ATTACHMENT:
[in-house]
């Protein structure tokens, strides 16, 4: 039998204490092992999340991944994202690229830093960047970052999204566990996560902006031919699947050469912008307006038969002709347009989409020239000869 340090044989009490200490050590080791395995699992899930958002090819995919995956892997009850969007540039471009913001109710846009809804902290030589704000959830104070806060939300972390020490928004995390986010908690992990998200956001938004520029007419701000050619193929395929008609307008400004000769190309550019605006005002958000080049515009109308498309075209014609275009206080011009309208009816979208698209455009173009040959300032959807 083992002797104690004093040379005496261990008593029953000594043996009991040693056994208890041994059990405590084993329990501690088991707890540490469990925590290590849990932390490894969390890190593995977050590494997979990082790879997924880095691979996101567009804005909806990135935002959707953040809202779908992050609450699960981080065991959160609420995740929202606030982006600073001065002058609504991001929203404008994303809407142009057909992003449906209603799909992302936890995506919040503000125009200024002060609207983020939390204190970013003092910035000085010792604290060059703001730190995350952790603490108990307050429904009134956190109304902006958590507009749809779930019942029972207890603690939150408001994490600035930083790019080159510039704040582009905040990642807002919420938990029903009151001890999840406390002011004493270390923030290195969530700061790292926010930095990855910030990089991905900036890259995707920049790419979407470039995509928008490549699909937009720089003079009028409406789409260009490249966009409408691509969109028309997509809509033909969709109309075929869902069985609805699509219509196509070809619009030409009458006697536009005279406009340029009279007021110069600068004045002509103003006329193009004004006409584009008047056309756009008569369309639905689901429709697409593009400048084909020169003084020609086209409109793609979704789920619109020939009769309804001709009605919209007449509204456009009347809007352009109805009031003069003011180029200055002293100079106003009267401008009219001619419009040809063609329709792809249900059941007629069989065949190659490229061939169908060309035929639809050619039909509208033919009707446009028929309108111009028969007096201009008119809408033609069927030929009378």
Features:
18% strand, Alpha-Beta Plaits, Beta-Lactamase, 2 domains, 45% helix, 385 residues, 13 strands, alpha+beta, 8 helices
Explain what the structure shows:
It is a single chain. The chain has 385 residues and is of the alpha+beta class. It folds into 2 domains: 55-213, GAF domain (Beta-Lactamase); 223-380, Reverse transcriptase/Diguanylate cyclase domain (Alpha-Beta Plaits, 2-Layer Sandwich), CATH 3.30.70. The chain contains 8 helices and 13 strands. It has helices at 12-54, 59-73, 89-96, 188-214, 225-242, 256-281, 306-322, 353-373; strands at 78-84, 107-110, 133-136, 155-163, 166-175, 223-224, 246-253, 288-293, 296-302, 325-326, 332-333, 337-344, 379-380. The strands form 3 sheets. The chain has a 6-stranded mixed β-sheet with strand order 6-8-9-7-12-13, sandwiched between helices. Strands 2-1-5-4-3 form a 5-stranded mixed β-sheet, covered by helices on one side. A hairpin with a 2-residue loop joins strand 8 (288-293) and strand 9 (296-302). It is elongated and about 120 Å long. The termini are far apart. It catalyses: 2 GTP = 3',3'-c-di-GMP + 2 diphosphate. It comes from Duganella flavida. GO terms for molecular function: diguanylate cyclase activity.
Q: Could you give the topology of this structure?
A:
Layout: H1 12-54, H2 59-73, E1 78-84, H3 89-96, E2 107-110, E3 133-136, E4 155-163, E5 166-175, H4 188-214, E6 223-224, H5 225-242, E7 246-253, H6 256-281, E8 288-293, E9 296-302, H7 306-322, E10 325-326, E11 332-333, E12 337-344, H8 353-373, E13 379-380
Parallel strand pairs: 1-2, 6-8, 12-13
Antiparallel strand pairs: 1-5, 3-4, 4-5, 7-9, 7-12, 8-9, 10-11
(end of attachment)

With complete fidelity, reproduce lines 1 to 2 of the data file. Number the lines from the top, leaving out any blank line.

[in-house]
């Protein structure tokens, strides 16, 4: 039998204490092992999340991944994202690229830093960047970052999204566990996560902006031919699947050469912008307006038969002709347009989409020239000869 340090044989009490200490050590080791395995699992899930958002090819995919995956892997009850969007540039471009913001109710846009809804902290030589704000959830104070806060939300972390020490928004995390986010908690992990998200956001938004520029007419701000050619193929395929008609307008400004000769190309550019605006005002958000080049515009109308498309075209014609275009206080011009309208009816979208698209455009173009040959300032959807 083992002797104690004093040379005496261990008593029953000594043996009991040693056994208890041994059990405590084993329990501690088991707890540490469990925590290590849990932390490894969390890190593995977050590494997979990082790879997924880095691979996101567009804005909806990135935002959707953040809202779908992050609450699960981080065991959160609420995740929202606030982006600073001065002058609504991001929203404008994303809407142009057909992003449906209603799909992302936890995506919040503000125009200024002060609207983020939390204190970013003092910035000085010792604290060059703001730190995350952790603490108990307050429904009134956190109304902006958590507009749809779930019942029972207890603690939150408001994490600035930083790019080159510039704040582009905040990642807002919420938990029903009151001890999840406390002011004493270390923030290195969530700061790292926010930095990855910030990089991905900036890259995707920049790419979407470039995509928008490549699909937009720089003079009028409406789409260009490249966009409408691509969109028309997509809509033909969709109309075929869902069985609805699509219509196509070809619009030409009458006697536009005279406009340029009279007021110069600068004045002509103003006329193009004004006409584009008047056309756009008569369309639905689901429709697409593009400048084909020169003084020609086209409109793609979704789920619109020939009769309804001709009605919209007449509204456009009347809007352009109805009031003069003011180029200055002293100079106003009267401008009219001619419009040809063609329709792809249900059941007629069989065949190659490229061939169908060309035929639809050619039909509208033919009707446009028929309108111009028969007096201009008119809408033609069927030929009378």